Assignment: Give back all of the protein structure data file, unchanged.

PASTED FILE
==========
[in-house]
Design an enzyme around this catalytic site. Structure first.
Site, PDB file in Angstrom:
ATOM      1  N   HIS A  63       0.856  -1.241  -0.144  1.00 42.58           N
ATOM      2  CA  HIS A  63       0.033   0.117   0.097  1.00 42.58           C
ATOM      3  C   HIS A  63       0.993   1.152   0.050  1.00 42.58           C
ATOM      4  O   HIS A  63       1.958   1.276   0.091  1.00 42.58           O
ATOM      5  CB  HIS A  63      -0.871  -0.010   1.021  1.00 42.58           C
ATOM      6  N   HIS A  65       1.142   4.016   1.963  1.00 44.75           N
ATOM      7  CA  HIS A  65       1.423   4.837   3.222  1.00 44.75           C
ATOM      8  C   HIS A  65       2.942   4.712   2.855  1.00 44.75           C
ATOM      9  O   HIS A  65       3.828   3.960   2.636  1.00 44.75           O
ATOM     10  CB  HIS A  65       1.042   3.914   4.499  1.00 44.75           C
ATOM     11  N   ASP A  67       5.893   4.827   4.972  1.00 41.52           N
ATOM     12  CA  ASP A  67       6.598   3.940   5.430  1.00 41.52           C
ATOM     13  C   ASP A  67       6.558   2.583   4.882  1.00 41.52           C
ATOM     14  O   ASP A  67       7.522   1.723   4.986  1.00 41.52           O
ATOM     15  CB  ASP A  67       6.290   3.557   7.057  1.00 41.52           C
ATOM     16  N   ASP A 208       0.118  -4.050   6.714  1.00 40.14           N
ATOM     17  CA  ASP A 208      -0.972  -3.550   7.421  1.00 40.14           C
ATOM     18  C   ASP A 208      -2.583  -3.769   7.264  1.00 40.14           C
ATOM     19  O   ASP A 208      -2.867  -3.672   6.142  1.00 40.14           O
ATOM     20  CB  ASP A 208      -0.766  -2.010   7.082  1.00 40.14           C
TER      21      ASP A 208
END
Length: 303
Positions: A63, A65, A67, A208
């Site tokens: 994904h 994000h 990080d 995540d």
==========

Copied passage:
[in-house]
Design an enzyme around this catalytic site. Structure first.
Site, PDB file in Angstrom:
ATOM      1  N   HIS A  63       0.856  -1.241  -0.144  1.00 42.58           N
ATOM      2  CA  HIS A  63       0.033   0.117   0.097  1.00 42.58           C
ATOM      3  C   HIS A  63       0.993   1.152   0.050  1.00 42.58           C
ATOM      4  O   HIS A  63       1.958   1.276   0.091  1.00 42.58           O
ATOM      5  CB  HIS A  63      -0.871  -0.010   1.021  1.00 42.58           C
ATOM      6  N   HIS A  65       1.142   4.016   1.963  1.00 44.75           N
ATOM      7  CA  HIS A  65       1.423   4.837   3.222  1.00 44.75           C
ATOM      8  C   HIS A  65       2.942   4.712   2.855  1.00 44.75           C
ATOM      9  O   HIS A  65       3.828   3.960   2.636  1.00 44.75           O
ATOM     10  CB  HIS A  65       1.042   3.914   4.499  1.00 44.75           C
ATOM     11  N   ASP A  67       5.893   4.827   4.972  1.00 41.52           N
ATOM     12  CA  ASP A  67       6.598   3.940   5.430  1.00 41.52           C
ATOM     13  C   ASP A  67       6.558   2.583   4.882  1.00 41.52           C
ATOM     14  O   ASP A  67       7.522   1.723   4.986  1.00 41.52           O
ATOM     15  CB  ASP A  67       6.290   3.557   7.057  1.00 41.52           C
ATOM     16  N   ASP A 208       0.118  -4.050   6.714  1.00 40.14           N
ATOM     17  CA  ASP A 208      -0.972  -3.550   7.421  1.00 40.14           C
ATOM     18  C   ASP A 208      -2.583  -3.769   7.264  1.00 40.14           C
ATOM     19  O   ASP A 208      -2.867  -3.672   6.142  1.00 40.14           O
ATOM     20  CB  ASP A 208      -0.766  -2.010   7.082  1.00 40.14           C
TER      21      ASP A 208
END
Length: 303
Positions: A63, A65, A67, A208
């Site tokens: 994904h 994000h 990080d 995540d």